Blockbuster (Stock Quote: BBI) isn’t the only casualty of the public’s growing dependence on the Internet. Oxford University Press announced Sunday that the growing demand for its online version of the Oxford English Dictionary may render the printed version obsolete by the time its next edition is ready for release.
"At present we are experiencing increasing demand for the online product," the publisher said in a statement. "However, a print version will certainly be considered if there is sufficient demand at the time of publication."
This seemingly hopeful statement was then followed up by an interview with The Sunday Times in which Oxford’s Chief Executive Nigel Portwood said he didn’t think the next edition would be printed.
"The print dictionary market is just disappearing,” Portwood said, placing blame on not just the Internet, but the growing popularity of e-readers as well. “It is falling away by tens of percent a year.”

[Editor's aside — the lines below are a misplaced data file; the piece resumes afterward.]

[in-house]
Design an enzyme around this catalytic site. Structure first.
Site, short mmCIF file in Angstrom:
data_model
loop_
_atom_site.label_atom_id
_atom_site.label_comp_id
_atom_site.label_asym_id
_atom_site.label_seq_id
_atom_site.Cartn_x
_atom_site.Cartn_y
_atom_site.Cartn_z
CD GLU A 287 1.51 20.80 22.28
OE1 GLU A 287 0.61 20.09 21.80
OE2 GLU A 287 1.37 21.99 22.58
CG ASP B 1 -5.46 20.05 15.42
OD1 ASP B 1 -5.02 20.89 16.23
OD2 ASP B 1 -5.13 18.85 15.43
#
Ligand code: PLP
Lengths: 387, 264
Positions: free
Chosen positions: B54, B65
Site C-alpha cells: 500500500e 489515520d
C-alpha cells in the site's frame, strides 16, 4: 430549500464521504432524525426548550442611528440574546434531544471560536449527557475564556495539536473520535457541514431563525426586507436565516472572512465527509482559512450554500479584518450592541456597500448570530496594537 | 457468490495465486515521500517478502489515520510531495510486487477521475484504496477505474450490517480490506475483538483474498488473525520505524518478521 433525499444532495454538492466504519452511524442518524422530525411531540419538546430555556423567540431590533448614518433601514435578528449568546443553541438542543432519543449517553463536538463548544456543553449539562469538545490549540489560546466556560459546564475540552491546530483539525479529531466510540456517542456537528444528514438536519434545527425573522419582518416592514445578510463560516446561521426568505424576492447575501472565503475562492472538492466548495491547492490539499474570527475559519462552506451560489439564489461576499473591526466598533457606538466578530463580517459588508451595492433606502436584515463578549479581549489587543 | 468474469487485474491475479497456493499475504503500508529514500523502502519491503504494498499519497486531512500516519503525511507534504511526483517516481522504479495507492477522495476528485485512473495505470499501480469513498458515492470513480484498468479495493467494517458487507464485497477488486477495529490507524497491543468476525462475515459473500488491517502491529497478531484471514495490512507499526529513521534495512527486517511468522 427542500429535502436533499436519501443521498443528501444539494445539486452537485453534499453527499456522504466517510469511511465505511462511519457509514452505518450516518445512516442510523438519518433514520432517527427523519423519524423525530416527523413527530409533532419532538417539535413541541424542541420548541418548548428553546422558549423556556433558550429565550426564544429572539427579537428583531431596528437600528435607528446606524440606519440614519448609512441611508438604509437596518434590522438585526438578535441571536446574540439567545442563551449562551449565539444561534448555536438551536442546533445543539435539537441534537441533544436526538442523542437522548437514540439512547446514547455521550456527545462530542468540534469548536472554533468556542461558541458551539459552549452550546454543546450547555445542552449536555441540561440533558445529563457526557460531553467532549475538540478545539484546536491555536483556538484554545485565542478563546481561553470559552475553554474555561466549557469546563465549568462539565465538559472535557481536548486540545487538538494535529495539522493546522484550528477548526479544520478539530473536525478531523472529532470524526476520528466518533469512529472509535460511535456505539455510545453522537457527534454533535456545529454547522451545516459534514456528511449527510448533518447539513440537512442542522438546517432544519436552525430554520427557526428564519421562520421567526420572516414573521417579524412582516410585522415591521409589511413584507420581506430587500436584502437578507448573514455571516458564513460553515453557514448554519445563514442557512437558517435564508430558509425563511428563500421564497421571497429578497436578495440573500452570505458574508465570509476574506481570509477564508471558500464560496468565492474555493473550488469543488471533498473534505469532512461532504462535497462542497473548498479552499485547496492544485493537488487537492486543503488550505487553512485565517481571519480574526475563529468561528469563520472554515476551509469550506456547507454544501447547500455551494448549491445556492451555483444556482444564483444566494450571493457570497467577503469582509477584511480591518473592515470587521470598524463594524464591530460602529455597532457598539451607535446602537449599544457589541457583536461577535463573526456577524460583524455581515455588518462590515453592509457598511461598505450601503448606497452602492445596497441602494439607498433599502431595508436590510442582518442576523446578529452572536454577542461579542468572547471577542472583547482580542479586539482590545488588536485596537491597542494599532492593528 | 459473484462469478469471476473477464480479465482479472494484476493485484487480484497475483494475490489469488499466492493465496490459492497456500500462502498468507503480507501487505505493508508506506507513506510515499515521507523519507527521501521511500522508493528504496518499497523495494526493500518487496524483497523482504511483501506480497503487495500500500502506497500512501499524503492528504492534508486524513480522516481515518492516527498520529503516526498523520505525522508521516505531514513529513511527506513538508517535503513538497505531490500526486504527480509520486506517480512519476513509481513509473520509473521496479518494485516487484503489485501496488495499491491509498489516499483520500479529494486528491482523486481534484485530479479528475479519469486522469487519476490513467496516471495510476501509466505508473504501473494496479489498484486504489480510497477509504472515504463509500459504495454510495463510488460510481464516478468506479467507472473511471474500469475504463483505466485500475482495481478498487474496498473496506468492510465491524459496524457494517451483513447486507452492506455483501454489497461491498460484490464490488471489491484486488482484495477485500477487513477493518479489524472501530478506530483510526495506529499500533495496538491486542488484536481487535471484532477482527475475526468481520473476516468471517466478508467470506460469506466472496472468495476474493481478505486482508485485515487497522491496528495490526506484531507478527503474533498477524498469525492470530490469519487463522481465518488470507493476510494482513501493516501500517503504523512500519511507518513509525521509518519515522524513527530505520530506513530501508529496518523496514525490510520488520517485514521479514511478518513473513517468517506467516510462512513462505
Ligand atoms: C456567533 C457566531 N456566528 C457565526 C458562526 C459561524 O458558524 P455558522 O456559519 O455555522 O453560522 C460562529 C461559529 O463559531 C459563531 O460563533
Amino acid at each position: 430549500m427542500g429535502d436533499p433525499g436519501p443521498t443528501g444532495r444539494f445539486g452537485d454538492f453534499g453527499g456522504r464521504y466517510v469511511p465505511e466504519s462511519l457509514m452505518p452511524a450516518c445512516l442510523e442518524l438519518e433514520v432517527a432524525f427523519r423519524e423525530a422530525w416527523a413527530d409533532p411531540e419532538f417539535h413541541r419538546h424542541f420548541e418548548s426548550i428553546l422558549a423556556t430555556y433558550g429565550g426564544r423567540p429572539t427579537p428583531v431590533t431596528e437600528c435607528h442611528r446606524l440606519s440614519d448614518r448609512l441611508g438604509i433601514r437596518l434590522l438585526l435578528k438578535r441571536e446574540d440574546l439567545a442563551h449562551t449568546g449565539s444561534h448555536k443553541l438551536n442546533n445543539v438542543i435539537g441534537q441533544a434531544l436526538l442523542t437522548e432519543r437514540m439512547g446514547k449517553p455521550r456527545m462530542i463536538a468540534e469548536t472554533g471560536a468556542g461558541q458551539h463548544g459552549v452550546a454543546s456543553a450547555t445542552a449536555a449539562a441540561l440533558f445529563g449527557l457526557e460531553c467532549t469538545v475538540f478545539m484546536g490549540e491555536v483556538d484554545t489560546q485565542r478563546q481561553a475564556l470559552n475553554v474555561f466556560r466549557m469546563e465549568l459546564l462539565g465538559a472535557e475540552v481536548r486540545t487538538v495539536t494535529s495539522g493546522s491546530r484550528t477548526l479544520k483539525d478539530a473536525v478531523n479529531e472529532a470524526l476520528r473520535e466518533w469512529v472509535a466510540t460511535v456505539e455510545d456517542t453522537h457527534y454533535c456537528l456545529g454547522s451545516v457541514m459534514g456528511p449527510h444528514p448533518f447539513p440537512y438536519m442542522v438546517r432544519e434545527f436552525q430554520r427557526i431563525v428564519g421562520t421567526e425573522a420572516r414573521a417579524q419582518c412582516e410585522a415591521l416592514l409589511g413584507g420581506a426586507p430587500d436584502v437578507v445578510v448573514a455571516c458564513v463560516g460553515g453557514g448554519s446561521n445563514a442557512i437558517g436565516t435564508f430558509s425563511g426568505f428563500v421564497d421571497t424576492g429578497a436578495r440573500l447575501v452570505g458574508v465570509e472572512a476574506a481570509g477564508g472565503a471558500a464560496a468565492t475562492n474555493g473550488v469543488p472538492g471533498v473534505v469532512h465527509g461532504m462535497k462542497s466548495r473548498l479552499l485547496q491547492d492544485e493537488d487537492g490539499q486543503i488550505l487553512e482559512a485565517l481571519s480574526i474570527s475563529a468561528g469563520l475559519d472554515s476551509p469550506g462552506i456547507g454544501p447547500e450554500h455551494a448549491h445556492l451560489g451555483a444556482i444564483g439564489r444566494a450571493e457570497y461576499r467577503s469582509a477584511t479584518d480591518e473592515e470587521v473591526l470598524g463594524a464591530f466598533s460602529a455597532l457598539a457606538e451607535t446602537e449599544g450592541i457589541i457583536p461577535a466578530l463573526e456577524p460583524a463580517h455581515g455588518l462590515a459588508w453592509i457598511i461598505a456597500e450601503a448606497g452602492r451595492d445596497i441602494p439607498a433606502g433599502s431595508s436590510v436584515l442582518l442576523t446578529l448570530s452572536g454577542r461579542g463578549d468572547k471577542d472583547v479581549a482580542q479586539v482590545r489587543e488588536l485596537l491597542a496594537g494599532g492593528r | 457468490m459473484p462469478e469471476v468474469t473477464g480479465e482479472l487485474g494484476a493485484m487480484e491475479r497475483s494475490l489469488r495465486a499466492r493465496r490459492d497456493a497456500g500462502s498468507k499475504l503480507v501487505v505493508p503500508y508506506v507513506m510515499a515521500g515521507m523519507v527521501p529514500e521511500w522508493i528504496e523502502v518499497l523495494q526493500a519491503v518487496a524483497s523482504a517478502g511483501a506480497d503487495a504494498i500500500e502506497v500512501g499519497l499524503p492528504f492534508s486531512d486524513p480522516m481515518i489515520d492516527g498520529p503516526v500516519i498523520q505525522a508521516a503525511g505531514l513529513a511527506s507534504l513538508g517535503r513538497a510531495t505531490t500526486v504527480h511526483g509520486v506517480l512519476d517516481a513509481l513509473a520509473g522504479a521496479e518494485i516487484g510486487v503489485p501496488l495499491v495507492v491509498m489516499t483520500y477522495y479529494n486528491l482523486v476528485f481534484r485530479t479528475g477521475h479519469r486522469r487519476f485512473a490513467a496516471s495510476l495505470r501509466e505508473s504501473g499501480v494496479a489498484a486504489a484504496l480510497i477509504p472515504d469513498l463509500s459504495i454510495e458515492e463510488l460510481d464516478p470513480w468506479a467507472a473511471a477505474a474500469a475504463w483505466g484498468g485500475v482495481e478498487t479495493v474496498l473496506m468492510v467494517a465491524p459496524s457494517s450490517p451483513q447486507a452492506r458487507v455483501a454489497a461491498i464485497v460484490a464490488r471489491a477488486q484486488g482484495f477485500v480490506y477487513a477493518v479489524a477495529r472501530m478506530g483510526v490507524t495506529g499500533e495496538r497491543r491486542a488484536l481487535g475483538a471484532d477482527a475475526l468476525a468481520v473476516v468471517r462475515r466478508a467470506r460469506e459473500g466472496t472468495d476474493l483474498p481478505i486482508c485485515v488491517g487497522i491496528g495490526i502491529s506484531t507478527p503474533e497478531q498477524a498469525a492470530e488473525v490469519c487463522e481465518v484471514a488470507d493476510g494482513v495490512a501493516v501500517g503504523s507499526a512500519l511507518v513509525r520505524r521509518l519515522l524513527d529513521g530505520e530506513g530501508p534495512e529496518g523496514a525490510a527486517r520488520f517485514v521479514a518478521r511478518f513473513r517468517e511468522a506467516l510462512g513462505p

Admittedly, the next full version of the dictionary isn’t exactly in the works just yet. A spokesperson for the publisher told the Telegraph that its third edition was only about 28% complete and more than a decade away from completion.
This will certainly give people plenty of time to get better acquainted with the online version of the OED. According to the Associated Press, the online Oxford English Dictionary already gets 2 million hits a month from subscribers. The currently printed second edition, a 20-volume, 750-pound and decidedly less portable set published in 1989, has sold about 30,000 sets in total.
The second edition, which costs $1,165, defines 615,164 words, using 2.4 million source quotations. There are shorter versions of the dictionary also available, including the Oxford Dictionary of English. While Portwood did not indicate whether or not Oxford would discontinue printing these versions as well, he did say their sales were affected by the Web.
Oxford launched its online dictionary in 2000. Monthly and annual subscriptions are available for $29.95 and $295, respectively. And, according to the publisher, at least 1,800 new and revised words are added to the online version every three months. You can also buy a CD-ROM of the second edition OED for $295.